A dairy product derived from milk that is produced in a wide range of flavors, textures, and forms by coagulation of the milk protein casein.



Cheese comprises proteins and fat from milk: the milk of cows, buffalo, goats, or sheep. 



During the production of cheese, the milk is usually acidified, and adding the enzymes of rennet causes coagulation. 



The solids are separated and pressed.



Some cheeses have molds on the rind, the outer layer, or throughout. 



Most cheeses melt at cooking temperature.



Over a thousand types of cheese exist.



 Cheese styles, textures and flavors depend on the origin of the milk, including the animal’s diet, whether they have been pasteurized, the butterfat content, the bacteria and mold, the processing, and how long they have been aged for. 



Herbs, spices, or wood smoke are  be as flavoring agents. 



The yellow to red color of many cheeses is related to the addition of annatto. 



Other added ingredients to some cheeses include: black pepper, garlic, chives or cranberries. 



With some cheeses, the milk is curdled by adding acids such as vinegar or lemon juice. 



Most cheeses are acidified to a minor degree by bacteria, which turn milk sugars into lactic acid, then the addition of rennet completes the curdling. 



Cheese has portability, long life, and high content of fat, protein, calcium, and phosphorus.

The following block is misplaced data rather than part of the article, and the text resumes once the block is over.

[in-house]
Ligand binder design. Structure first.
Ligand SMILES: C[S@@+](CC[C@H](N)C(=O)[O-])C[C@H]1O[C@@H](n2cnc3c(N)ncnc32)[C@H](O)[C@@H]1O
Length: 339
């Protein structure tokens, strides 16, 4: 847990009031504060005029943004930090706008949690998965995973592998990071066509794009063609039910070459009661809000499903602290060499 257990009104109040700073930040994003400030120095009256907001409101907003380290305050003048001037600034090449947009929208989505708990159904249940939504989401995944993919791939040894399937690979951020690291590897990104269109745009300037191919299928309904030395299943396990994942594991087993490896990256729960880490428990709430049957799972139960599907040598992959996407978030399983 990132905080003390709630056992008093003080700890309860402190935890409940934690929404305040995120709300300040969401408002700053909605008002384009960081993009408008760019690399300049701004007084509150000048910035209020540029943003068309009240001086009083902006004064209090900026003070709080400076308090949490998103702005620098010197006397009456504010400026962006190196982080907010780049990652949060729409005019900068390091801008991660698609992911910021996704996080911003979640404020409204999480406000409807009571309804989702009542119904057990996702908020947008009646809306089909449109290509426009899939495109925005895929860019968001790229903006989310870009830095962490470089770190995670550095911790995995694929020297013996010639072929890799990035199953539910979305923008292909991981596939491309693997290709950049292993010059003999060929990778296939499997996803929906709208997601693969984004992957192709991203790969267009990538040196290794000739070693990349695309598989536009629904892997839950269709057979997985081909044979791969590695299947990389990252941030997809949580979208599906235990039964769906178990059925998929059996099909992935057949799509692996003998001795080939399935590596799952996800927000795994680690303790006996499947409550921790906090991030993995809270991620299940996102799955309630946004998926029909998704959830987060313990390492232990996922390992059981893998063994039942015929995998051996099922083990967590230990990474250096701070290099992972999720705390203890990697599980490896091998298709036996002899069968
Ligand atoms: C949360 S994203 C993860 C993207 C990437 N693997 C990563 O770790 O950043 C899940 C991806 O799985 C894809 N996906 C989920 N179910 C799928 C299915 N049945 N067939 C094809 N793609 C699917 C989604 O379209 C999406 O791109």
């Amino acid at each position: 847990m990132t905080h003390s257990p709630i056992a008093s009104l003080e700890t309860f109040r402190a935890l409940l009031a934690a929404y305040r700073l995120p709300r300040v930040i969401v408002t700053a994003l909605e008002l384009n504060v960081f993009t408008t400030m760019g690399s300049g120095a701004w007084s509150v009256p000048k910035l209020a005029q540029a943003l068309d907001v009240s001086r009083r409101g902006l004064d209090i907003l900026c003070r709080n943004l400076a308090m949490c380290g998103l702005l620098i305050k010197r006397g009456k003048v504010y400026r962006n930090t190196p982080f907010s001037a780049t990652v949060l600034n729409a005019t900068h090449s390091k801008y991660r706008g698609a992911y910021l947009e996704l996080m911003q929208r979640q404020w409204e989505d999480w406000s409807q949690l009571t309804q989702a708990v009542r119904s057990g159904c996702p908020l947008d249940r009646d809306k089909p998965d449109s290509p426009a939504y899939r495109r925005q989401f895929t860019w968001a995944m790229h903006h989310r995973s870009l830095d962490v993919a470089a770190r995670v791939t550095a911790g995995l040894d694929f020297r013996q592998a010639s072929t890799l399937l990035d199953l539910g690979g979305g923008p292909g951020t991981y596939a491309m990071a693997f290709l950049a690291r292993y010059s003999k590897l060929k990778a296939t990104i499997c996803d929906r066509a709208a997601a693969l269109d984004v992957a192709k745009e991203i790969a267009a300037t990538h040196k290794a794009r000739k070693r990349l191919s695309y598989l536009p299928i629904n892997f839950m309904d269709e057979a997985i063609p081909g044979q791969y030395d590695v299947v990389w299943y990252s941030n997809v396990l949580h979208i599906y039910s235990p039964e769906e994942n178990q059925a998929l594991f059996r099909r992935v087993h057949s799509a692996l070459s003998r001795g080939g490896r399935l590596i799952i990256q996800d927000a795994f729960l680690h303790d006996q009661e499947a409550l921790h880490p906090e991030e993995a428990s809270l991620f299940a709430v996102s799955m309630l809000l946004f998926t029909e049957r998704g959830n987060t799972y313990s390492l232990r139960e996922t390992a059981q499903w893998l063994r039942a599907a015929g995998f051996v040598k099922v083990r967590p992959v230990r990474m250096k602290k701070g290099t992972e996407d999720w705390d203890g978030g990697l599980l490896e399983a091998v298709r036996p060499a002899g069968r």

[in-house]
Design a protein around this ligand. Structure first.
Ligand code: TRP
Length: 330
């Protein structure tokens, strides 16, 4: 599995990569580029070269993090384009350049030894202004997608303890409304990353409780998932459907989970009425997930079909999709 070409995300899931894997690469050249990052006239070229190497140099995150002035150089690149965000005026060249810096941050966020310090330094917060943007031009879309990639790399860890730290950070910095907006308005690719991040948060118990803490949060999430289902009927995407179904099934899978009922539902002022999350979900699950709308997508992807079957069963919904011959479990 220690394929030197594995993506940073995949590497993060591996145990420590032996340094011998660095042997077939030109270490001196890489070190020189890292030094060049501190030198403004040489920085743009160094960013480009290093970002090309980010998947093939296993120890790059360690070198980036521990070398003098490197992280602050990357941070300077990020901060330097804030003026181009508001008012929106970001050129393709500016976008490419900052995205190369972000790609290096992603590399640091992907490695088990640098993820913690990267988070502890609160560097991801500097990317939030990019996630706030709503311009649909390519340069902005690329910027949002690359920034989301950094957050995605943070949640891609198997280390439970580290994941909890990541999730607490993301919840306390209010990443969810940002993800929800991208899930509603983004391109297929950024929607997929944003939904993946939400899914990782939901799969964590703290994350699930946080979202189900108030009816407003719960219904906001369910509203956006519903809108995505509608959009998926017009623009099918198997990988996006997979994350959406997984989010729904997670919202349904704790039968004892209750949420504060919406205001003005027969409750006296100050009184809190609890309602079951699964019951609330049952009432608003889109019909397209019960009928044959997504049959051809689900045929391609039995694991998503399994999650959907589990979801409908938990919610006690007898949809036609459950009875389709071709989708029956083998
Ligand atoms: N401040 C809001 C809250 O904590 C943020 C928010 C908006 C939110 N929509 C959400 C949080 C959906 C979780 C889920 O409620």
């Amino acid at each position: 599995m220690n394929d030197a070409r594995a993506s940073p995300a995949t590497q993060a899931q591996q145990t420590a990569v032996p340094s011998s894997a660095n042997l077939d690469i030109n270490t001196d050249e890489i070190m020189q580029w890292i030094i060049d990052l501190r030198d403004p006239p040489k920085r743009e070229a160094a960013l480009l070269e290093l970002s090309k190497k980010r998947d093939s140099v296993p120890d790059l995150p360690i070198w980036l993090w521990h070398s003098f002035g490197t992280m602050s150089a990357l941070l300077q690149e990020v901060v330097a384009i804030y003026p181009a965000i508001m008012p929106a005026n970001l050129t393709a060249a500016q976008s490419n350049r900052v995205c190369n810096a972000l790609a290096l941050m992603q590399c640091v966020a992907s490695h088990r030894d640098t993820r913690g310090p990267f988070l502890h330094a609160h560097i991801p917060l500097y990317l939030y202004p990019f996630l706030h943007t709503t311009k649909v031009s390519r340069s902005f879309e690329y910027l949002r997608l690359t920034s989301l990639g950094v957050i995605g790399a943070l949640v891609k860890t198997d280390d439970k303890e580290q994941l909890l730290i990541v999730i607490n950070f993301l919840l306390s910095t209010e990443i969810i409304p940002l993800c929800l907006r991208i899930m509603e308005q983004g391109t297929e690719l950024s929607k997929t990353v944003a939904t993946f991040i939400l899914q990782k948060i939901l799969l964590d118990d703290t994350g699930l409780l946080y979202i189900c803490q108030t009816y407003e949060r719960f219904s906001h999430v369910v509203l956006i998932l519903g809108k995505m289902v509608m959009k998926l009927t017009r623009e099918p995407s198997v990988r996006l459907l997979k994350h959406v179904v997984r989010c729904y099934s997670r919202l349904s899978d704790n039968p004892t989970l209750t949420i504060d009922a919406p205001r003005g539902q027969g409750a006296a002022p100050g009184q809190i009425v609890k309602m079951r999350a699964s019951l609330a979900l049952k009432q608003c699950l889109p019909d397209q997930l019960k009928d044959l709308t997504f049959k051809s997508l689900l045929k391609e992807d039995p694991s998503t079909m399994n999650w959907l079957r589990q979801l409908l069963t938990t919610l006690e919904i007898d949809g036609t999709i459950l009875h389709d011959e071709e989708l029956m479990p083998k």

Cheese is more compact and has a longer shelf life than milk.



Hard cheeses, such as Parmesan, last longer than soft cheeses, such as Brie or goat’s milk cheese. 



In 2014, world production of cheese from whole cow milk was 18.7 million tons, with the United States accounting for 29% of the world total followed by Germany, France and Italy as major producers.



In cheesemaking, separating the milk into solid curds and liquid whey is required, and is usually done by souring the milk and adding rennet. 



Commonly starter bacteria are employed instead which convert milk sugars into lactic acid. 



Some fresh cheeses are curdled only by acidity, but most cheeses use rennet. 



Rennet sets the cheese into a gel compared to the fragile curds produced by acidic coagulation alone. 



Rennet presently is produced recombinantly.



Salt added to cheese adds a salty flavor, preserves cheese from spoiling, draws moisture from the curd, and firms cheese’s texture in an interaction with its proteins. 



The aging period lasts from a few days to several years, as microbes and enzymes transform texture and intensify of flavor. 



With aging there is  the breakdown of casein proteins and milkfat into a complex mix of amino acids, amines, and fatty acids.



Some cheeses have additional bacteria or molds introduced before or during aging: Brie and Camembert, blue cheeses such as Roquefort, Stilton, Gorgonzola, and rind-washed cheeses such as Limburger.



It is suggested that cheeses be allowed to warm up to room temperature before eating.



Above room temperatures, most hard cheeses melt and rennet-curdled cheeses have a gel-like protein matrix that is broken down by heat. 



With warming enough protein bonds are broken, and cheese itself turns from a solid to a viscous liquid. 



Acid-set cheeses have a protein structure that remains intact at high temperatures. 




Some cheeses tend to become stringy or suffer from a separation of their fats.



Vegans and other dairy-avoiding vegetarians do not eat conventional cheese.





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